In The Algebraist, a key element of the plot revolves around portals, with the Algebraist itself being a list of co-ordinates to Dweller portals. Early in the story we hear about the destruction of a portal, during which we learn of the following limitation:

Portals were only ever positioned at Lagrange points or other orbits distant from large heavenly bodies because they needed a section of space-time that was relatively flat. Too great a gradient - too near the gravity well of a planet or other large object - and they stopped working. Increase the S-T curve only a little more and they imploded and disappeared altogether, usually violently.

Later in the book Fassin Taak discovers the transform required to determine the Dweller portal co-ordinates from the list and all seems to make sense, except perhaps for this:

The only way to get an arteria portal from one place to another was to put it in a spaceship and physically take it, slower than light, from one place to another, leaving the other end – usually – anchored where you'd started out.

How did the Dwellers actually move a portal from its initial point to its final destination, without destroying it at either end? Is this a significant plot hole?

1 Answer 1


It's not a plothole. One of the key plot points of the book is that the Engineership Est-taun Zhiffir (portal-carrying) is traveling from a nearby star system to Ulubis to reconnect the system with the wider portal network. There's no mention of the specific tech used to hump a portal around, but it would seem that it's possible for a non-emplaced wormhole-end to be within a gravity field without exploding. It's only once it's emplaced that it needs to be in zero-g.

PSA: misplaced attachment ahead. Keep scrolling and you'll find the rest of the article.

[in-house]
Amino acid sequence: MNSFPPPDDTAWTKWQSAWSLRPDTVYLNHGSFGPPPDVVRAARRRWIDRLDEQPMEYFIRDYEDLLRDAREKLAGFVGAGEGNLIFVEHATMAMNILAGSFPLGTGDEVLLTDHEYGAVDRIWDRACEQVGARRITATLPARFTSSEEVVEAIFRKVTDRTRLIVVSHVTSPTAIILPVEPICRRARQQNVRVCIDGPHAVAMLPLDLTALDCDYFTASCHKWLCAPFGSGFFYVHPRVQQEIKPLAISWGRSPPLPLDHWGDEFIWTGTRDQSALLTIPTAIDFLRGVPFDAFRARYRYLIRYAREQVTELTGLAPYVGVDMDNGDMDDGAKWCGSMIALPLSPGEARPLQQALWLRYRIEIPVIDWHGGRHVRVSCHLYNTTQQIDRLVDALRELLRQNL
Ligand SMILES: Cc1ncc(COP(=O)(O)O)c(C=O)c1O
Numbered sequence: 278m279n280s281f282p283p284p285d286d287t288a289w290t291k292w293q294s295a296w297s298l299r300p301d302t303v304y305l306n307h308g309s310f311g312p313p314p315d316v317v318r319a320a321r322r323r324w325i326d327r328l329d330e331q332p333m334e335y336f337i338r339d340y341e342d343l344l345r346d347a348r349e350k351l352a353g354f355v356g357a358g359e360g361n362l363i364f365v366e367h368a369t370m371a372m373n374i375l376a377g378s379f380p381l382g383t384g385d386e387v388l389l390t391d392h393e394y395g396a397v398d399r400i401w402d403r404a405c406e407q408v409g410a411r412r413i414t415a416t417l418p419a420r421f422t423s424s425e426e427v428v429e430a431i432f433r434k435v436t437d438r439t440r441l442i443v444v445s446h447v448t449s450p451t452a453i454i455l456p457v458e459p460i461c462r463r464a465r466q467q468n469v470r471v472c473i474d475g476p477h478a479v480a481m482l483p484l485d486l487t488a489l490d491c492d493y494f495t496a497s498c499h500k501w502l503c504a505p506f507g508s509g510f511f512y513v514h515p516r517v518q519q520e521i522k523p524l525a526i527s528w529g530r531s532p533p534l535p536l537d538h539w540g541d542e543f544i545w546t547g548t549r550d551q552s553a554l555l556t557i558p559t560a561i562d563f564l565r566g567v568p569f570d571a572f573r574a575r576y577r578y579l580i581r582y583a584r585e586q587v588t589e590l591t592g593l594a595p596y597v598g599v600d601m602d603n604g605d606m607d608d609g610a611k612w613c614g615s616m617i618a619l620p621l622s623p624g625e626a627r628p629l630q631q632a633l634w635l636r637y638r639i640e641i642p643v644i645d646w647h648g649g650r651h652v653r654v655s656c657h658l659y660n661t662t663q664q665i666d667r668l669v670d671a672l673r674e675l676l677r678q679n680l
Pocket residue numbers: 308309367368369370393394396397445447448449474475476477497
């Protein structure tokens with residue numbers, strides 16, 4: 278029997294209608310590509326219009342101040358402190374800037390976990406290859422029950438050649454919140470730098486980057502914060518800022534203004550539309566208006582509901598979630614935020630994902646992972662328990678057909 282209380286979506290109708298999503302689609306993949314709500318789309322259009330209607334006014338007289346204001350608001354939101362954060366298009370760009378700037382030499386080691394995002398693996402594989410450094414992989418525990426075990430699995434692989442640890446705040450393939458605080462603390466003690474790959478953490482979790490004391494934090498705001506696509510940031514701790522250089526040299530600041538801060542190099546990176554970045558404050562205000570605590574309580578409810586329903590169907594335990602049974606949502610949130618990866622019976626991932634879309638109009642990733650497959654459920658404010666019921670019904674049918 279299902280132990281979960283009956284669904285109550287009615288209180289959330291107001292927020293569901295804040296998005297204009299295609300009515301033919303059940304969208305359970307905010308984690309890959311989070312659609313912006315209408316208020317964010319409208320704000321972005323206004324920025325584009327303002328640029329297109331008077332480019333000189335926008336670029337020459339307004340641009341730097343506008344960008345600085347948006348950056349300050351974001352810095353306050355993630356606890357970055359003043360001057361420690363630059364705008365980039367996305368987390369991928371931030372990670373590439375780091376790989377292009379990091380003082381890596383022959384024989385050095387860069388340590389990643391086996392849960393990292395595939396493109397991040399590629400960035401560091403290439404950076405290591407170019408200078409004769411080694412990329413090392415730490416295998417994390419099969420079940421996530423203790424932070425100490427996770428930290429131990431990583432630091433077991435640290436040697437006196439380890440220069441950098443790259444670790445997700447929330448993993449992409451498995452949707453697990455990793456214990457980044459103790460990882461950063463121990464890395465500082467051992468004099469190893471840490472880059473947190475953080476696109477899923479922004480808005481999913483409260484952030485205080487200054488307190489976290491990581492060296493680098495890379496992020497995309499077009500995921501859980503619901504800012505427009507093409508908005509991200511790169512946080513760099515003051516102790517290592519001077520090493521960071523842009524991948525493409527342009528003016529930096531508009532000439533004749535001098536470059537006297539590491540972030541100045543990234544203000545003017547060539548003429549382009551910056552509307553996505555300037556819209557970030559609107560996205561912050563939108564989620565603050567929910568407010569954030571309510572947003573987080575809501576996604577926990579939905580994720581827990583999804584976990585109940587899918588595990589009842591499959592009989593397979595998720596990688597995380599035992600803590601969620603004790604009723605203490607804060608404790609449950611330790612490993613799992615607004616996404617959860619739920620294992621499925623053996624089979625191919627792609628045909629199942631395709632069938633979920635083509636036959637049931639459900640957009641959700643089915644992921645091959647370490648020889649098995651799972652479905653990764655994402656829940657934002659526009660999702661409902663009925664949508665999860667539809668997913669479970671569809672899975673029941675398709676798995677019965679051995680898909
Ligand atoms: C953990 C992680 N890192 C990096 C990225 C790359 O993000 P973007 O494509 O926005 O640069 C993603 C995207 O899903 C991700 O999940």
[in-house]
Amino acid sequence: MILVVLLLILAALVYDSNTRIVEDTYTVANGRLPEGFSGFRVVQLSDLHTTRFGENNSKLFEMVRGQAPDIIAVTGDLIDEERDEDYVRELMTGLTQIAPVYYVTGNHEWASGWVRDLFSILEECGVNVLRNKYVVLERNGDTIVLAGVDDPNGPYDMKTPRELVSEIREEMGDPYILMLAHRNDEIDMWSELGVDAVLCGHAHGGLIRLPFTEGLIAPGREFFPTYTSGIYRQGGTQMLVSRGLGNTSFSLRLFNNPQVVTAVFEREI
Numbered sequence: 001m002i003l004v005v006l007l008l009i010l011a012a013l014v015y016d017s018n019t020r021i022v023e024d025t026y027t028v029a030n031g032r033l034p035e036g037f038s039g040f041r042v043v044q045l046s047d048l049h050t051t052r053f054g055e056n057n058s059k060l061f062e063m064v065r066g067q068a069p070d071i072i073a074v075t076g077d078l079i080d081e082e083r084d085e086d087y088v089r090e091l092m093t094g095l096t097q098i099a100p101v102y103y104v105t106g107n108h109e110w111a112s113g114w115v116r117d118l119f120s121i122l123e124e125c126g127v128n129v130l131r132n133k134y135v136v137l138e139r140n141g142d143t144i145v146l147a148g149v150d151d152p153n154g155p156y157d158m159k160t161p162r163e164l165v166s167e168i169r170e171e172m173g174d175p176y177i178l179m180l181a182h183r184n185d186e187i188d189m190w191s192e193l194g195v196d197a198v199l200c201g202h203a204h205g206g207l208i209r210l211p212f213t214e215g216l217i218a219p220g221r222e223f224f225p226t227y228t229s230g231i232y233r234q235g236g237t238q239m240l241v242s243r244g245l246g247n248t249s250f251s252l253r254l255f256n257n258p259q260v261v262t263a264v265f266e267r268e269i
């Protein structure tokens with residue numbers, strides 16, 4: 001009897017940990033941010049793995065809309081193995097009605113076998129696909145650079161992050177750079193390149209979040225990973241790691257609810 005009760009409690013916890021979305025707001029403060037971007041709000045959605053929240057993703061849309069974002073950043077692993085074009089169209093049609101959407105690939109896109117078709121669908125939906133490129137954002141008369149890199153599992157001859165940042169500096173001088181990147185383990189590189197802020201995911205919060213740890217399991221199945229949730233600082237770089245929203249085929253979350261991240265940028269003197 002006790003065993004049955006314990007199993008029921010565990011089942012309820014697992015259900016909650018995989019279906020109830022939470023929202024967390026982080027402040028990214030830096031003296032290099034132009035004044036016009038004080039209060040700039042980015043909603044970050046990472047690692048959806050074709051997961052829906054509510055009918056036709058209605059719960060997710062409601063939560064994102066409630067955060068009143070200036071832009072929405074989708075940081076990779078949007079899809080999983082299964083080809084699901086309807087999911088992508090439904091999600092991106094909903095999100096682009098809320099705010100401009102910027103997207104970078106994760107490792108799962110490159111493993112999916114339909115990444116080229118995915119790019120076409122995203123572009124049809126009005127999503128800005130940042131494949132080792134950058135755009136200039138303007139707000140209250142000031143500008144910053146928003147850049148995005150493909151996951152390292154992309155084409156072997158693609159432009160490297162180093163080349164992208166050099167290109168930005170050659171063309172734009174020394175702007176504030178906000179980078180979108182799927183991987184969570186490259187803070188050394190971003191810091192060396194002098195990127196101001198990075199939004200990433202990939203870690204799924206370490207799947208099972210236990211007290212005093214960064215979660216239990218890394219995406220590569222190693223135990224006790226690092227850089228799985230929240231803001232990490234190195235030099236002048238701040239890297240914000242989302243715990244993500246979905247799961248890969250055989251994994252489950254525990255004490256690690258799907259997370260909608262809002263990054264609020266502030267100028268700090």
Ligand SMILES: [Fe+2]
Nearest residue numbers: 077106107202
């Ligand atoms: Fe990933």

The Engineership Est-taun Zhiffir, portal-carrying, set out from Zenerre for Ulubis less than a year after the disaster, with a travel time initially given as 307 years, later reduced by increments to level out at 269 as the Eship upped its velocity even closer to light speed, the Engineers aboard fine-tuning the systems which insulated the hauled portal from the effects of its own and the ship's relativistic mass. - The Algebraist

Since we know that...

  • The dwellers are perfectly capable of non-FTL travel
  • Non-emplaced portals can be moved around, even within gravity fields.

...that would strongly suggest that the Dwellers moved their portals in precisely the same way, by leaving them closed until they need to.

Speaking of plotholes, it might interest you to notice that based on the fact that the Eship can be communicated with at distance, a portal can apparently be opened (presumably wide enough to pass a radio signal) without going all explodey, even if it's within a gravity field.

  • Where did you get the bit about (presumably FTL) communication with an Eship being possible?
    – Oliphaunt
    Mar 1, 2016 at 21:02
  • I do recall the portal being using during transit, but I don't recall mention of the portal being in a different state prior to emplacement. I need to re-read to find that one.
    – GeekyDeaks
    Mar 1, 2016 at 21:07
  • (I'm actually rereading the book now. Browsing back, the communication with the Eship seems to have been by signal-laser.)
    – Oliphaunt
    Mar 1, 2016 at 21:07
  • @Oliphaunt - The last mile appears to have been via signal laser but the omnocracy were communicating with the eship; "‘From the Administrata.’ ‘The Administrata.’ Fassin became aware that he was sounding simple-minded. ‘Via the Engineership Est-taun Zhiffir.’", the implication being that the omnocracy have an ftl communication method (e.g. the portal).
    – Valorum
    Mar 1, 2016 at 21:14
  • @Richard Right you are, that is pretty much implied. Thanks.
    – Oliphaunt
    Mar 1, 2016 at 21:29

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